It occurs to me that I haven’t taken you all on a trip around our tidy little town of Maynooth. That’s not just me calling it tidy, I’ll have you know, but all of Ireland, at least for 2016.
Maynooth is situated on one of the branches of An Sli Mhor (pronounced ‘sleemore’), or “The Great Road,” created some thousands of years ago, and people settled at various points along the ways, one of them being Maynooth in what is now County Kildare.
It also is situated along the Royal Canal from Dublin, another important source of trade for many years from its creation in the 18th century. This now lives as a biking and hiking trail and Eric and I took a little ride last week to get to the Garda station to register with the police, as we were told to do. The canal way is a lovely path along water, with reeds and waterbirds along they way, who seem somewhat annoyed at the human interlopers of their homes.
In the Norman era, late 12th century, County Kildare was given to the FitzGerald family by the ruling Norman Richard “the Strongbow” Clare. The Fitzgeralds built a castle on the great road, strategically located for defense and promptly took up residence and rule of Ireland, largely ignored by their British overlords. They continued to buy up land around Maynooth and further to the south. Maynooth then, could have been considered the capital of Ireland for several centuries. In 1534, however, Thomas FitzGerald, also known as “Silken Thomas” for his lavish clothing, decided he’d had enough of even nominal British rule and rose up against Henry VIII, leading the English to storm and destroy Maynooth castle. For his efforts he was executed, and the Fitzgeralds moved out of Maynooth to a castle down the road and then to Carton House, a Palladian style estate built in the 1700s on the land acquired by the Fitzgeralds during their long rule.
The main road in Maynooth is then capped by these structures, the ruined castle on one end and Carton house on the other. The castle is a tourist attraction, open in the spring, and Carton House is a hotel and golf course.
St. Patrick’s College/Maynooth University is a huge part of the town, and when school is in session the population of the town doubles from 15,000 to 30,000. St. Patrick’s College was established just beyond the castle as a Catholic seminary in 1795, so that young priests wouldn’t have to travel to France for an education and thus be swayed by the happenings of the French Revolution and get any pesky ideas about freedom. In the early 1900s, secular education was added. I’ll share more pictures of the campus in a different post, as I’ll be going to the old library next week.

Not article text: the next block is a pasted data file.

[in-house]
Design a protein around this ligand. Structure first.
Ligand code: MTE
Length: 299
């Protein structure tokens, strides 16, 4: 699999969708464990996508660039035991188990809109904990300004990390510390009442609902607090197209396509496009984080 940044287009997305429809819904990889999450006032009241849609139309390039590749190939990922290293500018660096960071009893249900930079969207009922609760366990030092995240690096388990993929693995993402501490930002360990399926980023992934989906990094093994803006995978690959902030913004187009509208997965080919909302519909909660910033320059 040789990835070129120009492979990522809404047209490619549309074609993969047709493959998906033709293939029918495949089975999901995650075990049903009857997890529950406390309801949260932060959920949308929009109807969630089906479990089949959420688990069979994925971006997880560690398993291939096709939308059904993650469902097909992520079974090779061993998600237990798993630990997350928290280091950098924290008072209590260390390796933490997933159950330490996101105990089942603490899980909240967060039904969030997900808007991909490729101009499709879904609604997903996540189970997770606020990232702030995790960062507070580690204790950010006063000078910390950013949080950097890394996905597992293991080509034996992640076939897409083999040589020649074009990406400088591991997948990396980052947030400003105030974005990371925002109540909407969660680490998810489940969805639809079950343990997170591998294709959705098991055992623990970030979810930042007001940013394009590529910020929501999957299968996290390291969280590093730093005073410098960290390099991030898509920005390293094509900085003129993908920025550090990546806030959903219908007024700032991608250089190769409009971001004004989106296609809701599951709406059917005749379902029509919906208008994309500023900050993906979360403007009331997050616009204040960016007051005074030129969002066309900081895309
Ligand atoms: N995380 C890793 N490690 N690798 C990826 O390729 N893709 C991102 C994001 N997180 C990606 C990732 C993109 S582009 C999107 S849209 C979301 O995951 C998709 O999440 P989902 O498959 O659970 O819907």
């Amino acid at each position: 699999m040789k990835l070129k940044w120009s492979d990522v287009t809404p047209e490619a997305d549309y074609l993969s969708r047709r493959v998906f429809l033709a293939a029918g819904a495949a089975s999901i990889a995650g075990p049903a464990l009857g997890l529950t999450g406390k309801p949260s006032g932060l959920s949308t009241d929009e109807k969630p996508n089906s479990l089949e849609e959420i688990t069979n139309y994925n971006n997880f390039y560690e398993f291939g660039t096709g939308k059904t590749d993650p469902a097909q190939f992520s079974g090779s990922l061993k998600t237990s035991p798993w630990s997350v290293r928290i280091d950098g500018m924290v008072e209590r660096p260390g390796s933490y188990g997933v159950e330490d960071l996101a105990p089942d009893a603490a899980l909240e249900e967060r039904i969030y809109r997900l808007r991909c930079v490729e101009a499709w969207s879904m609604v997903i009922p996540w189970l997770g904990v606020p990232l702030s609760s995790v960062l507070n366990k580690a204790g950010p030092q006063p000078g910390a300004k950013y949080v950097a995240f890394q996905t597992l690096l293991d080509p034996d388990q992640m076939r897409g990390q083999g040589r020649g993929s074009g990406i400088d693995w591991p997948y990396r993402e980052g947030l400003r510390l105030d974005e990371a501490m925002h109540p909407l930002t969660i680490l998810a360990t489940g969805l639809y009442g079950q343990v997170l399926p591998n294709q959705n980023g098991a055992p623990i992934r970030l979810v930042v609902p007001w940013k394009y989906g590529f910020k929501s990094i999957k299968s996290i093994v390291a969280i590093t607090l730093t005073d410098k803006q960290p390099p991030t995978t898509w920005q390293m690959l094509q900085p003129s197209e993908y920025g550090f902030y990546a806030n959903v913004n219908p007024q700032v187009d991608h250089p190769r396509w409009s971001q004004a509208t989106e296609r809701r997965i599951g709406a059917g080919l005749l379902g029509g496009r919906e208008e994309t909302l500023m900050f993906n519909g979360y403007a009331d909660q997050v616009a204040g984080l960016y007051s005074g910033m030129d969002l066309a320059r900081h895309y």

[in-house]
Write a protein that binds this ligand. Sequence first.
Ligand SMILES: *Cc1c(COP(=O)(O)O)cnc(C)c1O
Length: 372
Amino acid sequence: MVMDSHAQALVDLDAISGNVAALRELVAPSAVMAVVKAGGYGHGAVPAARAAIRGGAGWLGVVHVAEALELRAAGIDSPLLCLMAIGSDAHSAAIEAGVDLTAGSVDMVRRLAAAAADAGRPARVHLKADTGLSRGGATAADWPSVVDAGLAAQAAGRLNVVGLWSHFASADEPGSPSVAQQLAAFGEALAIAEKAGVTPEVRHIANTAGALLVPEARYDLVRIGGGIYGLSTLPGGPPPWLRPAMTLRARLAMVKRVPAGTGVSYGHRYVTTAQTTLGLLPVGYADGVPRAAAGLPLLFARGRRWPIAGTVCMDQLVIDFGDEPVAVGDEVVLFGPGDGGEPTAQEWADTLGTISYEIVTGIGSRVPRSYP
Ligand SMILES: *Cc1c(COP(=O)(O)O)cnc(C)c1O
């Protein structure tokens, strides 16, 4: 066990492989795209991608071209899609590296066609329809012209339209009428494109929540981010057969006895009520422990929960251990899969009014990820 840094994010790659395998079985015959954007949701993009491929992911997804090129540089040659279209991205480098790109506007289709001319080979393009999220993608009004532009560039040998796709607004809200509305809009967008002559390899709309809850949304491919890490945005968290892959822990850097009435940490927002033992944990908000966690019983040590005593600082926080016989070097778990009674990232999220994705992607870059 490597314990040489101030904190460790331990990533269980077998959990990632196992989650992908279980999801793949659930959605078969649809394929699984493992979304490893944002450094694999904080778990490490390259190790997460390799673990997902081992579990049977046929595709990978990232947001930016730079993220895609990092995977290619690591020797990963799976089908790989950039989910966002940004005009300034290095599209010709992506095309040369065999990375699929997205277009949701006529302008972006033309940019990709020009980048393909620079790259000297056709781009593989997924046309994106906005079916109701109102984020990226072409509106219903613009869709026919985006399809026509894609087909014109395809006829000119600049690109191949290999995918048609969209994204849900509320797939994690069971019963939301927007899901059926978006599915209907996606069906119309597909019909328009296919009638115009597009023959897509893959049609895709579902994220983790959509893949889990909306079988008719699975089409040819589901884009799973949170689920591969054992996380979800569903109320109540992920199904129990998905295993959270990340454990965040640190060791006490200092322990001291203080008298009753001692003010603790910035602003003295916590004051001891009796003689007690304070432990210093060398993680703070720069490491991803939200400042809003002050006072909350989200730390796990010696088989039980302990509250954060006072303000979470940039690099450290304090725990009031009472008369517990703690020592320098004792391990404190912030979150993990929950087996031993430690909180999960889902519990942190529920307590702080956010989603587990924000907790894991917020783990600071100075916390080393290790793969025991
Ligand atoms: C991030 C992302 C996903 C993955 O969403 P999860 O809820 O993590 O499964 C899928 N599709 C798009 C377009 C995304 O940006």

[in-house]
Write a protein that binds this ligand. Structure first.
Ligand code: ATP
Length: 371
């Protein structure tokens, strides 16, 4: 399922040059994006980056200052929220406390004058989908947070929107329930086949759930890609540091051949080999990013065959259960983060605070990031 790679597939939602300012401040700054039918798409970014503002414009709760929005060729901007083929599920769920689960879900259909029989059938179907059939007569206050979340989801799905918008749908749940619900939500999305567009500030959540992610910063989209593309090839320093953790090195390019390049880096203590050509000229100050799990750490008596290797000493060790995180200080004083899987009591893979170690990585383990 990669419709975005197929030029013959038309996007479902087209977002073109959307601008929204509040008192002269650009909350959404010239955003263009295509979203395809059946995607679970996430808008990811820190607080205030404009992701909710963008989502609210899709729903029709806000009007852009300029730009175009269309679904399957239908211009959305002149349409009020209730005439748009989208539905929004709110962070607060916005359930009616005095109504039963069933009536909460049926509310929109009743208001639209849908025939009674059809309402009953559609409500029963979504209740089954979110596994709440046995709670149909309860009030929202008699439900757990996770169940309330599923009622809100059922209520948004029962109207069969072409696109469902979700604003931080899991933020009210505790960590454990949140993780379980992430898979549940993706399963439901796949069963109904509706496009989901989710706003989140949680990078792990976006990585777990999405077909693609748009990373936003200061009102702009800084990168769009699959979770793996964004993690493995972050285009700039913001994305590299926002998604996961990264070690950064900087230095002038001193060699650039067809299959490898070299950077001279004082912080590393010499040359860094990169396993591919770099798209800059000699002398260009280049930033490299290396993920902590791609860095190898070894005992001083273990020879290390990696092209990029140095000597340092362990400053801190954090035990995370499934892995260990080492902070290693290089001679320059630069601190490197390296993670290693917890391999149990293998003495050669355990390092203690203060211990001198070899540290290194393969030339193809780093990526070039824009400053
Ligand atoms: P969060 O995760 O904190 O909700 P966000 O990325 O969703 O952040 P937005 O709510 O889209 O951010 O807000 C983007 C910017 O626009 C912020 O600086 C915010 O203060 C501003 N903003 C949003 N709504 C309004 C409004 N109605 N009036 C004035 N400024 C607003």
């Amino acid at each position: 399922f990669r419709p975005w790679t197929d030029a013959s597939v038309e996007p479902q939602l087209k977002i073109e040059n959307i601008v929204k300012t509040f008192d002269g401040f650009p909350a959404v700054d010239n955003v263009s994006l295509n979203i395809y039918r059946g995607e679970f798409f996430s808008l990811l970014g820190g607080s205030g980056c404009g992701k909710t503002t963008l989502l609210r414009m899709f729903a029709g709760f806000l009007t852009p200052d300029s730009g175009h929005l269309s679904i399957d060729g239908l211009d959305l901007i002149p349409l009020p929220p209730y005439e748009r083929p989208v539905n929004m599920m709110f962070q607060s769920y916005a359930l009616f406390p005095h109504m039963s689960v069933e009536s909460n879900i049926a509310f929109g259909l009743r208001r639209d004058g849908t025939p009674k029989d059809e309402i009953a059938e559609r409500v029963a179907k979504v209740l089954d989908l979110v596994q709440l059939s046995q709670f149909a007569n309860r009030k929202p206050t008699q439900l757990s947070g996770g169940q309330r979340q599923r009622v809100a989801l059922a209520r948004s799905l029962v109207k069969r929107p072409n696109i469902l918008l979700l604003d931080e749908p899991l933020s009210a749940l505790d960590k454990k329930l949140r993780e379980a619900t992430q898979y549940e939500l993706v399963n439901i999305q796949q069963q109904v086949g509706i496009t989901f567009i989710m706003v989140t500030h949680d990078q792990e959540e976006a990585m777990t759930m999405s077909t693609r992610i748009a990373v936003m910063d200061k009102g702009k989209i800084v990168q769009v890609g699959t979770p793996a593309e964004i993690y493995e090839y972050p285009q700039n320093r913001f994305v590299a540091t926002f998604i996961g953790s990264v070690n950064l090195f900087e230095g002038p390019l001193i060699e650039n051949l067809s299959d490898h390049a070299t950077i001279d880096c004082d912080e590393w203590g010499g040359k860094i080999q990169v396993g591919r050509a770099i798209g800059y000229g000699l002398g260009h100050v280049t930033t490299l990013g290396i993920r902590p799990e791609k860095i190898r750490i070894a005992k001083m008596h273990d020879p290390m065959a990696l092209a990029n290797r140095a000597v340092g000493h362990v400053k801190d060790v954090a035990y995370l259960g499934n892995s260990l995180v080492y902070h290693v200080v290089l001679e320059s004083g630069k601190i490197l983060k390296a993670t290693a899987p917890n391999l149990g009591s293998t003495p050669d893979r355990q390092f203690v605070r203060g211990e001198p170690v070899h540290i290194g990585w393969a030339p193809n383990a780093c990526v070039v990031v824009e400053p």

As for our Maynooth, it’s a modern small town. There’s a main street with restaurants, pubs, a bookshop and the library. There’s one main intersection running through, the north south road takes you out to our house. Here’s a series of photos showing the ride from one end of main street to our house!
And here I am on my bike, graciously loaned to me by our friend Alena. That’s about 20 pounds of groceries I’ve got loaded on, not atypical before we discovered grocery delivery service, thank goodness.
If it seems that I’m dressed for a nuclear winter, I am. The weather here has been cold and misty in a way that seeps into your bones. Rain comes with wind such that umbrellas are useless against the damp, flipping themselves inside out as if to commit seppuku in the face of their futility. Van Morrison sings much of water, whether it be “streets wet with rain,” “misty morning fog,” or “oh, the water” and it makes sense after being here, where so far the sun has been a reluctant friend. [confessional side note – this seems a good a place as any to finally admit that it wasn’t until I met Eric that I learned that Van Morrison was Irish. I had thought he was Dutch, in the vein of “Van Halen” or “Van Helsing.” You may now mock me for this. It is deserved.]
Living in the mist, as it were, I think often of the Ray Bradbury short story “All Summer in a Day.” [Click to read, it’s a short four pager.] I think I first read this in high school, and it’s stuck with me ever since, a haunting read. Set on Venus, where the sun shines for one hour every seven years, it focuses on a classroom of children who cruelly lock a student in the closet during this one hour, depriving her of her moment of sunlight. The children realize their horrific act, but no matter, the time has passed and won’t recur for another seven years.
I’m told it’s not quite so infrequent here as that, though it feels it, and I await its appearance with bated breath.